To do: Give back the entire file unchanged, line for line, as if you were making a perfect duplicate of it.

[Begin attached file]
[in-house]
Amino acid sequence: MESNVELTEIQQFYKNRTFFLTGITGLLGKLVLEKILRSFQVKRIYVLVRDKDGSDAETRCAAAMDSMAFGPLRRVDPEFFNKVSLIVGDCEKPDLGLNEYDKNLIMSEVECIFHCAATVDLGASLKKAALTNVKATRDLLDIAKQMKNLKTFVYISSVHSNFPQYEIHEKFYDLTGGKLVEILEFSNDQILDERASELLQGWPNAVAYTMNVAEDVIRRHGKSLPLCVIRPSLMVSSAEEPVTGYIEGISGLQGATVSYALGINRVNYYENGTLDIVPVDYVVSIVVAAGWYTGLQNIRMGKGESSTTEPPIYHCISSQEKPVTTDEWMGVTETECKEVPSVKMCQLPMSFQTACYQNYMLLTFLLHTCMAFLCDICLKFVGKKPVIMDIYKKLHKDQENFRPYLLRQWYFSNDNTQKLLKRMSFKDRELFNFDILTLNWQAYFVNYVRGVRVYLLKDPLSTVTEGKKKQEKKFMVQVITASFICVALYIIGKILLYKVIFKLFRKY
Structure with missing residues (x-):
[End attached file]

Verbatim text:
[in-house]
Amino acid sequence: MESNVELTEIQQFYKNRTFFLTGITGLLGKLVLEKILRSFQVKRIYVLVRDKDGSDAETRCAAAMDSMAFGPLRRVDPEFFNKVSLIVGDCEKPDLGLNEYDKNLIMSEVECIFHCAATVDLGASLKKAALTNVKATRDLLDIAKQMKNLKTFVYISSVHSNFPQYEIHEKFYDLTGGKLVEILEFSNDQILDERASELLQGWPNAVAYTMNVAEDVIRRHGKSLPLCVIRPSLMVSSAEEPVTGYIEGISGLQGATVSYALGINRVNYYENGTLDIVPVDYVVSIVVAAGWYTGLQNIRMGKGESSTTEPPIYHCISSQEKPVTTDEWMGVTETECKEVPSVKMCQLPMSFQTACYQNYMLLTFLLHTCMAFLCDICLKFVGKKPVIMDIYKKLHKDQENFRPYLLRQWYFSNDNTQKLLKRMSFKDRELFNFDILTLNWQAYFVNYVRGVRVYLLKDPLSTVTEGKKKQEKKFMVQVITASFICVALYIIGKILLYKVIFKLFRKY
Structure with missing residues (x-):